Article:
But Haitians are becoming targets as more attempt to abandon their traditional work on sugar plantations to seek other jobs outside of the secluded fields, human rights advocates say.

 ``It seems that Haitians are deported when they go into towns,'' said Joanne Mariner, deputy director of the Americas Program for Human Rights Watch, the group that is raising the issue. ``That would suggest that Haitians are tolerated when they work in the sugar plantations but not when they are competing with Dominicans for jobs.''


 Preliminary results of a Human Rights Watch study now underway will be included in a report that will be issued at the World Conference on Race next month in South Africa. The full report will be released later this year.

 An estimated 500,000 Haitians live and work in the Dominican Republic. About an equal number are Dominico-Haitians.

 The majority can be found in village-like settlements comprised of mud huts with thatched roofs and dirt floors tucked beyond the fields of sugar cane, where paved streets turn into dirt roads.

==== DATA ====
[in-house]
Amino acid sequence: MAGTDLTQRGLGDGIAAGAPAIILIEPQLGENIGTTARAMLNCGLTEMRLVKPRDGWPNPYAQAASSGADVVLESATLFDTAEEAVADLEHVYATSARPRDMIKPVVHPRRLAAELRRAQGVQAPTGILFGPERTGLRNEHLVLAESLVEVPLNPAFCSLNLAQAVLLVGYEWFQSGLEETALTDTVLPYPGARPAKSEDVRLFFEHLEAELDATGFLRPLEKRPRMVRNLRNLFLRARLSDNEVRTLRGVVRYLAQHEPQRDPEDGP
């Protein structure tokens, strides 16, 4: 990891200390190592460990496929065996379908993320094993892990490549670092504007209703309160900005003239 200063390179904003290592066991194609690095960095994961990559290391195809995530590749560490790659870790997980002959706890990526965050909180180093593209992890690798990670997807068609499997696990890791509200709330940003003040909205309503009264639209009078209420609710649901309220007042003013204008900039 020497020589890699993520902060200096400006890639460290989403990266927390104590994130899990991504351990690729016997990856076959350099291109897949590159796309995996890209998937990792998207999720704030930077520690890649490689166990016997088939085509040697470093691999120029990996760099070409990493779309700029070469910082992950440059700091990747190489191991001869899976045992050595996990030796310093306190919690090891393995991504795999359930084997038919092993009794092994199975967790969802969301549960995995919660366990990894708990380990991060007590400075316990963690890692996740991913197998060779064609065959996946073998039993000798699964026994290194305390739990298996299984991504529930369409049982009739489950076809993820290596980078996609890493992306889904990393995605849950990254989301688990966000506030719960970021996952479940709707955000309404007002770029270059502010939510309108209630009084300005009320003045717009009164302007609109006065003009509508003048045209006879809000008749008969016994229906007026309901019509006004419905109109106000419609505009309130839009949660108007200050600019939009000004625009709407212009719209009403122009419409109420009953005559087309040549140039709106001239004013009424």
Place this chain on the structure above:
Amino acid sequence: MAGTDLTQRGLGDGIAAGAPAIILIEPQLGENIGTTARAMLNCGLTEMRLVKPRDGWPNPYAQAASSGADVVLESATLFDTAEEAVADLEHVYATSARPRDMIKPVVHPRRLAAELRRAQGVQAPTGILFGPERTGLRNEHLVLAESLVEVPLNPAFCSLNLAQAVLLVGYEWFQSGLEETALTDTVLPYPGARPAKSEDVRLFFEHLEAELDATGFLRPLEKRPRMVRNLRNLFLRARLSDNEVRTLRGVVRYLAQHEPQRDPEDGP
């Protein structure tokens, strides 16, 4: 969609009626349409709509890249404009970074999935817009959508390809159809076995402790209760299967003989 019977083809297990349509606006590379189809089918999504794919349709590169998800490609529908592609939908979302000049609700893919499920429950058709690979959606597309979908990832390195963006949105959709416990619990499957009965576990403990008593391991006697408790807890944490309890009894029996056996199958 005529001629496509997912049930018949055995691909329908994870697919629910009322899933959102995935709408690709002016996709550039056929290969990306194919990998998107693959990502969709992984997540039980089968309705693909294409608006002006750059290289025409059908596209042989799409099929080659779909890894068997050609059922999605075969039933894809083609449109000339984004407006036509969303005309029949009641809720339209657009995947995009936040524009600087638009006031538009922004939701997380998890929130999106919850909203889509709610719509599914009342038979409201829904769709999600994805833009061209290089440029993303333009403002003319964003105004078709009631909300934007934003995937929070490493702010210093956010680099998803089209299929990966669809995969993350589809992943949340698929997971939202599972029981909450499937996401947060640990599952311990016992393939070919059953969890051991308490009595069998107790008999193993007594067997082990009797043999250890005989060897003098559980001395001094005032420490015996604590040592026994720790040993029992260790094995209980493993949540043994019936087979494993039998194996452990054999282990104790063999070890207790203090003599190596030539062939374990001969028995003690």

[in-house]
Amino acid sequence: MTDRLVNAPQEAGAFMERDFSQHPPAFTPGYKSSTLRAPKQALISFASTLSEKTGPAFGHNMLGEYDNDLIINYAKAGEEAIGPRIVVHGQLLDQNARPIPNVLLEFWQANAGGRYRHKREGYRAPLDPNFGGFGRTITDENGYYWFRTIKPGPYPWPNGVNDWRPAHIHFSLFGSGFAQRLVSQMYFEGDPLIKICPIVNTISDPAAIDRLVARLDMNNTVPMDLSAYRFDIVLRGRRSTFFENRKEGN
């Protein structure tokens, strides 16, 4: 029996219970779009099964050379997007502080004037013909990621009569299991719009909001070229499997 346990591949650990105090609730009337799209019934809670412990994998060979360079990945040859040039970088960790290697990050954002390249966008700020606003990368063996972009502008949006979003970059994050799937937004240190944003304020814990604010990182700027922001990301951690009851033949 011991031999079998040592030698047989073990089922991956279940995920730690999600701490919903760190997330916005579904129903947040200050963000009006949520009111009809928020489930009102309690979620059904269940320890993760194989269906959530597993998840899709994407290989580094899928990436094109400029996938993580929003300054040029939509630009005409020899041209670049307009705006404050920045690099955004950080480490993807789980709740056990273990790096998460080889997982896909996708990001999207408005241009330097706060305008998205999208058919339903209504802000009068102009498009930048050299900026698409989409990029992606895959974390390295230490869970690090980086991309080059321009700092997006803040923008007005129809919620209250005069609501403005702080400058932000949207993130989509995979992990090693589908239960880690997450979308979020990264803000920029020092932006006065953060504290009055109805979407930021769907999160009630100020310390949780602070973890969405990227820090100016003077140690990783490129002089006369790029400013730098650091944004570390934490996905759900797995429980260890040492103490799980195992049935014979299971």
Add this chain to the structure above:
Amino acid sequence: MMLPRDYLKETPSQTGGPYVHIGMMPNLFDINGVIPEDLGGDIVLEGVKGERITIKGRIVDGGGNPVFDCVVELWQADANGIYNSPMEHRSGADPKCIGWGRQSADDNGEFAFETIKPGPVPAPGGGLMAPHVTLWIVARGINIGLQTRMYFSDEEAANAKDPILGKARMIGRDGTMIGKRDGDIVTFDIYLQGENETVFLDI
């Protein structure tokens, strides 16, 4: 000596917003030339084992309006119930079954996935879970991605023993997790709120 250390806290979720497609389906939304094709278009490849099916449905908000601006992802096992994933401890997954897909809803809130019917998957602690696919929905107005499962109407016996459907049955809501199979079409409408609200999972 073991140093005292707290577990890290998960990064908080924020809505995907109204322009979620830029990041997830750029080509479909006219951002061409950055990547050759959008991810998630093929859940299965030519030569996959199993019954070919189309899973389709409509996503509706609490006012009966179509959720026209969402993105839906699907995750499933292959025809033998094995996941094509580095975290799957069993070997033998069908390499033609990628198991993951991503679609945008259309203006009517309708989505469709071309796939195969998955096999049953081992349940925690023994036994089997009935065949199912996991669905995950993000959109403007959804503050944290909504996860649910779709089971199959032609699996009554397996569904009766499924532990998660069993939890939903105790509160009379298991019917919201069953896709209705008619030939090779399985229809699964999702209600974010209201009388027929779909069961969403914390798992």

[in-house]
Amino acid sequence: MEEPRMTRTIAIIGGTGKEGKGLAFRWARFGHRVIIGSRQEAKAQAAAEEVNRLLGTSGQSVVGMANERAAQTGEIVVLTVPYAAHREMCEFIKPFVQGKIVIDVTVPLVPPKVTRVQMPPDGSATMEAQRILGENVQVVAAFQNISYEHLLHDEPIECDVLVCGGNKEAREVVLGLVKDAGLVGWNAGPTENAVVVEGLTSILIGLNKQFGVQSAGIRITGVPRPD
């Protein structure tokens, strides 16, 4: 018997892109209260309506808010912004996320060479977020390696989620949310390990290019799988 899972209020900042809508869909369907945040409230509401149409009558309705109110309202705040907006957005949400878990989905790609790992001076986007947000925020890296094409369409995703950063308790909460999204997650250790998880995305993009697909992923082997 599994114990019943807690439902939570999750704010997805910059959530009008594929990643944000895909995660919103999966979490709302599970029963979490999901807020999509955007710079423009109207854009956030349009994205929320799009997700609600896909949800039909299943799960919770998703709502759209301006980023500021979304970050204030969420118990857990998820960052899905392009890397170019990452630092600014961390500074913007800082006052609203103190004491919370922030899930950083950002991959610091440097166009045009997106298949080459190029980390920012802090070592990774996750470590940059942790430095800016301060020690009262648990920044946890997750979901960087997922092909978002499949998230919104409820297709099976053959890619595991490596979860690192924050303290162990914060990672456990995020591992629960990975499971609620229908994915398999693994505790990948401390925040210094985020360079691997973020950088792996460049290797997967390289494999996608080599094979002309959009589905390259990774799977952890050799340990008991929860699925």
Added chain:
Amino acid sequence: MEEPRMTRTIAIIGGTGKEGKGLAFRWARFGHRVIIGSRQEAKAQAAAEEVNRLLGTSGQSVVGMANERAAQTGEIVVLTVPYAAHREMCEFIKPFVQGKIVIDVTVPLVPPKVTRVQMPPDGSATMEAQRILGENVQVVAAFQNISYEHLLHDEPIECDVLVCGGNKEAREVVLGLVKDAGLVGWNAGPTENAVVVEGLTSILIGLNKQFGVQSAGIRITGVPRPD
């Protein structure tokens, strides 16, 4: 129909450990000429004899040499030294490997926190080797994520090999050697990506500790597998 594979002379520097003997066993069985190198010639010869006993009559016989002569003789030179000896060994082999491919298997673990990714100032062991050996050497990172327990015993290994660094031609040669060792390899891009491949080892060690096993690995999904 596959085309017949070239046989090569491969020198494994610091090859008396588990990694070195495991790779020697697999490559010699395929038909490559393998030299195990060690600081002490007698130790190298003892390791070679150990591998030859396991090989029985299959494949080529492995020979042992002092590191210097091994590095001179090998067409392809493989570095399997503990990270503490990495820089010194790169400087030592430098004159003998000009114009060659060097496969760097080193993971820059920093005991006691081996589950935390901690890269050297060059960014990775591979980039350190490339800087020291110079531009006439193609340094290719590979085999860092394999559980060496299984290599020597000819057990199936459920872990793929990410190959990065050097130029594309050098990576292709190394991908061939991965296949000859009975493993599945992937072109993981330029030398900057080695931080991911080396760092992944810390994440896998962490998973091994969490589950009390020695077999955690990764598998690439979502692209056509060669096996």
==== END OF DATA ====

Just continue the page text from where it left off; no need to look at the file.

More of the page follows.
These 400 or so hidden encampments -- with populations that vary from 300 to 4,000 -- are known as bateyes.

 ``Leaving the bateyes continues to be a big risk,'' Ruquoy said.


 According to a report released earlier this year by the U.S. Department of State, the Dominican government repatriated between 12,500 and 36,362 Haitians last year.

 David Perez, a third-generation Dominico-Haitian, is among the statistics.

 He has been deported twice, most recently earlier this year after he left his home in Bateye 7 near Neiba for a construction job in Santo Domingo, the capital. As he and two friends walked along the road after a day of work, they were stopped by an immigration officer.

 ``He asked me if I was Haitian and I said no but they took me anyway,'' said Perez, 21. ``I was lost over there [in Haiti]. It was scary.''